“After Al died, we never really thought that it was the end of Lit necessarily,” said Popoff. “But we thought ‘it’s the three remaining members and we don’t know when and how we’re going to continue, but we’re still super-tight as brothers and as friends, and that comes first.’ It wasn’t until we started talking and hanging with Nathan (Walker- the band’s current drummer) a little more. One night, I think New Year’s Eve, we were all hanging out and we sort of jumped him in to the band. But he was a big fan over the years and he was stoked to carry the torch for Al in a way.”
Nathan Walker was the only choice. He was close with Shellenberger, and through Allen’s final shows Walker was either a drum tech for Al or filling in when Shellenberger needed a break. They needed somebody they were familiar with and somebody they were friends with to drum if they were going to continue on. Shortly after designating Walker as their new drummer, songs for new music began pouring in. They had plenty to write about.
Said A. Jay Popoff, “We started writing like crazy. It was like the flood gates opened up. For the first time, the songs that were coming out sounded very Lit. And we had a new fire and a new passion to brave them up again and get back on the road and play these songs live. It’s been awesome, it’s been like this whole new take on the band. We just waited for the time to feel right.”
The band writing songs for the new record, really just writing songs in general also brought a new member to the band. The group had been toying around with the idea of bringing on another guitar player for years but nothing really ever came of it. But while writing songs with Ryan Gillmour a friendship grew and he joined the band.
If that name sounds familiar it’s because Ryan Gillmour used to head up an unsigned band out of California known simply as Gillmour. The band didn’t have a ton of highlights, but they did have one major accomplishment, they had a song featured as a theme for a TV show. Ryan Gillmour penned the song “Hey!” a song that Fox picked up for the theme for one of its short-lived sit-coms, Un-Hitched.
Now with five members instead of four maybe the band will be looking to release music more frequently, maybe not. Some think a band that’s been around for twenty years should have more than four albums, but that’s somewhat of a footnote with Lit. Maybe they’re looked at with a nostalgic glance but they’ve never lost relevance. The band’s frontman says that has a lot to do with their core influences.
“You see a lot of these trends that come and go. They’re always trying to come up with new genres of music and new genres of rock music. I think that’s one thing that’s worked for us, the fact that we’ve never been a band to follow those trends.”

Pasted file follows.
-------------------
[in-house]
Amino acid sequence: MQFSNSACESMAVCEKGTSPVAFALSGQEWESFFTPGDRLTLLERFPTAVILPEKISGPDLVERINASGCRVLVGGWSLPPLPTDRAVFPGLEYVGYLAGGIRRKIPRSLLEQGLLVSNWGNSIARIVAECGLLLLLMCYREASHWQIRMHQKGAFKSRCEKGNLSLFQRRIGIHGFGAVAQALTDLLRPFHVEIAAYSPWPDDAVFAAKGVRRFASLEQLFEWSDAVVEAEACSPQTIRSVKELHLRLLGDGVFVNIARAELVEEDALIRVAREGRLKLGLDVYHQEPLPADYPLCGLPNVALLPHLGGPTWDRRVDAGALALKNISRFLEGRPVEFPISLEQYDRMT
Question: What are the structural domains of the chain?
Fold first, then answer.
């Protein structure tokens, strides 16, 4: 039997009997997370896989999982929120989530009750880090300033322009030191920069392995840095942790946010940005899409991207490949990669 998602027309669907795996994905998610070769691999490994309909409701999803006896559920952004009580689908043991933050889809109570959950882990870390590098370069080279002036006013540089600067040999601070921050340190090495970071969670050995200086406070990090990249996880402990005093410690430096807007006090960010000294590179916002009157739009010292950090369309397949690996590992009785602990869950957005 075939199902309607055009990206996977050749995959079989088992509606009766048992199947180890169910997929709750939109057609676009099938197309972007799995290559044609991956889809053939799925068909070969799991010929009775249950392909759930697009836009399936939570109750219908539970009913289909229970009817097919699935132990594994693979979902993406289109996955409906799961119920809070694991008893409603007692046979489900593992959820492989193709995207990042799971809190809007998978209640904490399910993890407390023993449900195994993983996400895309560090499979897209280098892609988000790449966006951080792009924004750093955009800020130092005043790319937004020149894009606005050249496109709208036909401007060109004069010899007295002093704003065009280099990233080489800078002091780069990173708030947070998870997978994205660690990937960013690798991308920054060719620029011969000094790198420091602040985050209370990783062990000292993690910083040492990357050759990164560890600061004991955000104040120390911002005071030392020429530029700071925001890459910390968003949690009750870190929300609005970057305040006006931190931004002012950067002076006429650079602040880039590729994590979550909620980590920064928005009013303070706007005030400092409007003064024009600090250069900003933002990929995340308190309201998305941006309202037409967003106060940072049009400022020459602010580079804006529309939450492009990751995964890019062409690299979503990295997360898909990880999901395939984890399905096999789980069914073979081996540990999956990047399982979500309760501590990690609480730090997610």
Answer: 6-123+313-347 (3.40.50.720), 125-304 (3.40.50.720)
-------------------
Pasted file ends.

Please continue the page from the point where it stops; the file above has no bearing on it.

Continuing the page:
“When “My Own Worst Enemy” came out, that’s one of the reasons why we were so surprised that it took off the way it did. We were competing against bands like Limp Bizkit and acts like Fat Boy Slim. A lot of the stuff on the radio, even stuff like Creed, our song didn’t fit in with what was going on. People that bought the record found that song was just one of the dimensions of the band. You listen to our record and it takes you on a pretty good ride. If you look at a list of our influences it’s all over the place, but our roots are rock; just solid rock bands, some heavy metal, and some classics like Elvis Costello. But there aren’t any modern trends, it’s what we grew up on and what we’re comfortable writing.”
With the band’s new lineup and the new music, A. Jay and Lit aren’t necessarily reenergized or refocused because they never really lost that over the years. With all of the things that have happened to and around them they’ve come to understand what’s important. Of course, they’ll welcome The View From The Bottom entering the Billboard chart in the top 20, but that’s not as important as all of the experience itself. They’ll continue that with The Summerland Tour this summer with Everclear, Sugar Ray, and Gin Blossoms- and if you go out and see the show- you’re likely to see Lit having a blast on stage.
“We just got off of a three week tour and it was such a blast being on the road. Being like a family on the tour bus, having kick-ass shows every night, it’s crazy. We have a song on the new record called “The Broken” and the main line in the song is ‘you can’t break the broken.’ It’s so true, especially with this band. Somehow we keep picking up the pieces and getting stronger every time. I guess we’re pretty blessed.”
Calling the three week run before they’re to head out on a large-scale summer tour a ‘boot camp,’ Lit is set to release their first album since 2001 on June 19th. For most band’s the release of a record after losing so much along the way might be a little bitter-sweet. You get a feeling that’s not the case with this band. They’re celebrating everyone who has touched their lives over the past ten years and they’re not shying away from talking about anything. As it turns out, the view from the bottom might have the best perspective.